Harold Wheeler, former chairman of Hazeltine, the Atwater Kent case yielded mainly a cash settlement which was a small fraction of the royalties they had escaped. The Duke also assigned to Atwater Kent patent number 1,983,047 which was the same as his previous patent but with inclusion of biasing of the grid with respect to the cathode as modification. Also on July 25,1924, he applied for a patent (no. 1,966,805) to provide for shunt resistances and capacitances across the grid circuits in parallel to the grid tuned circuits. This invention apparently provided no monetary benefits for Atwater Kent. Another discovery during his employ at Atwater Kent which had a significant impact on the reproduction of sound was No. 1,671,105 filed June 23, 1927 and applied jointly by C. L. Farrand, Ernest Ross and Albert D. Silva. It was an armature with a moveable arm which, when connected to a cone, provided a better sound than did horn speakers. In essence it was a basic patent. As far as relatives can determine, he was still employed by Atwater Kent at the date of filing. The question is why

was C. L. Farrand's name on the application. Was it so, that Atwater Kent could use this patent in his own cone speakers royalty free? Or was Silva doing consulting work with C. L. Farrand. With the invention of AC current supplies and with the advent of the electrodynamic speaker, there were questions about its employment in the receiver itself. The Duke carne up with a unique approach to utilize the inductance of the field in combination with a resistance in the negative side of the power supply to energize the

field of the speaker and to provide bias voltage for the grids of the output tubes. His application for Patent Number 1,828,688 was filed on May 10, 1929. Atwater Kent used this system but later many put the field in the B+ and used a resistance in the negative side to provide bias voltage for the output tubes. The Duke distinguished himself at Atwater Kent and he and Atwater were very good friends as later correspondence would confirm. On June 21,1933 he applied for still another basic patent just about the time manufacturers were warming up to the idea of putting radios into automobiles. One essential part of an automobile was a power supply that could deliver the dc voltages for the tubes from battery power. A. D. Silva invented what is known as a vibrator or mechanical rectifier in his Patent No. 1,960,599. Subsequently it was used in Atwater Kent auto radios. Trouble was on the horizon for the "Duke". Atwater Kent had already made a vast fortune in the radio business and organized labor had approached him about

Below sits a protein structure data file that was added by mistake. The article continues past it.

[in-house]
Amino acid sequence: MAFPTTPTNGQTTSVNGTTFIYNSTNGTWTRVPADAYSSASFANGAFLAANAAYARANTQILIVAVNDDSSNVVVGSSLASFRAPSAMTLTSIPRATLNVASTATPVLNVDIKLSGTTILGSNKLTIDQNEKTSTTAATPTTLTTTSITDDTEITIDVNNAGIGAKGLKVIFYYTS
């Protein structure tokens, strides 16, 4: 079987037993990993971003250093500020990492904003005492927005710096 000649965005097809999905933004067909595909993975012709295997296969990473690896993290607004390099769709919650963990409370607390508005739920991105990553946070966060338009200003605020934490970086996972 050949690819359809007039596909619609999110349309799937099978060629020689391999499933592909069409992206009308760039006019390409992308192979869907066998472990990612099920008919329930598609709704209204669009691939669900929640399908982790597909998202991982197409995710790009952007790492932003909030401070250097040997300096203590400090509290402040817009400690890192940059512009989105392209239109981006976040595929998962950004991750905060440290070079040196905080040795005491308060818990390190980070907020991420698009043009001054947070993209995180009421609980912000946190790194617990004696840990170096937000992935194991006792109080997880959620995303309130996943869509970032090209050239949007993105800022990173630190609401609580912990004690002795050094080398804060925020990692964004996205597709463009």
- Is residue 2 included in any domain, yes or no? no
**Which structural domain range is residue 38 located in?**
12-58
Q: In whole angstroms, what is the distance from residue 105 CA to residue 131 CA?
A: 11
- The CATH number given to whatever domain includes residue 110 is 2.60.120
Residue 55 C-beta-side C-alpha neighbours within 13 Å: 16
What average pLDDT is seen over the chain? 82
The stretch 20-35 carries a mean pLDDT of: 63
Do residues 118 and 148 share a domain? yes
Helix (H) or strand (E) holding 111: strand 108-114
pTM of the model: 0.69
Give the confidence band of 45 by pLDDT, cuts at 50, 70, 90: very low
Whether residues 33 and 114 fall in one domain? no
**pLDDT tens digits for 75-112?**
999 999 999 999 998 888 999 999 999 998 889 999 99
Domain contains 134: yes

unioni~tion. Faced with stiff competition and shrinking profit margins, Atwater Kent decided to call it quits in 1936. Even though it was reported that Atwater Kent gave his employees six months severance pay, Silva was out of a job. Just about that time Noblitt . Sparks commonly known as Arvin was looking for an engineer to replace a person who was a mechanical engineer acting as an electrical engineer. At the time of his employment with Atwater Kent Silva was making $30,000 a year but had to take a pay cut to $6,000 a year at Noblitt Sparks. The "Duke" was instrumental in launching Noblitt Sparks in the home entertainment field. Silva designed a complete line of radios from a two tube "Mighty-Mite" to large consoles. The former really kept Arvin in business particularly in 1938 when the radio industry was in a state of gloom. Hundreds of thousands of the Mighty Mites were sold to jobbers for as little as $4:10 each. Kevin Silva, grandson of Albert D. Silva has the prototype Atwater 810 designed by his grandfather. It was built on a pre-existing chassis blank and contained everything including the output transformers. On the production chassis some parts were relocated and the output transformer was mounted on the back of the speaker. The only patent A. D. Silva applied for while at Noblitt Sparks was 2,166,613 filed October 13, 1936 and consisted of transformers of the type used in coupling adjacent stages. Each winding was made to be adjusted to vary its inductance and thereby tune the associated circuit with respect to the mutual inductance of one coil to the other. A. D. Duke Silva left Noblitt Sparks in 1945 to form the Columbus Process Company also located in Columbus, Indiana. One of the first contracts was to tropicalize equipment for the Signal Corps. They applied an anti-fungal treatment for apparatus destined for the Pacific. As soon as these ran out the Columbus process Company set up its production to make parts for the radio industry. In 1950 they added another 5,000 square feet for a total of 25,000 square feet. Among the products were output transformers, television transformers, power transformers, vibrator transformers, vertical choke transformers and battery charger transformers. All of the output transformers on RCA's 45 rpm record players were from Columbus Process Company. At peak capacity they had 300 employees and were productivity 10,000 transformers a day. Albert D. "Duke" Silva died February 14, 1954.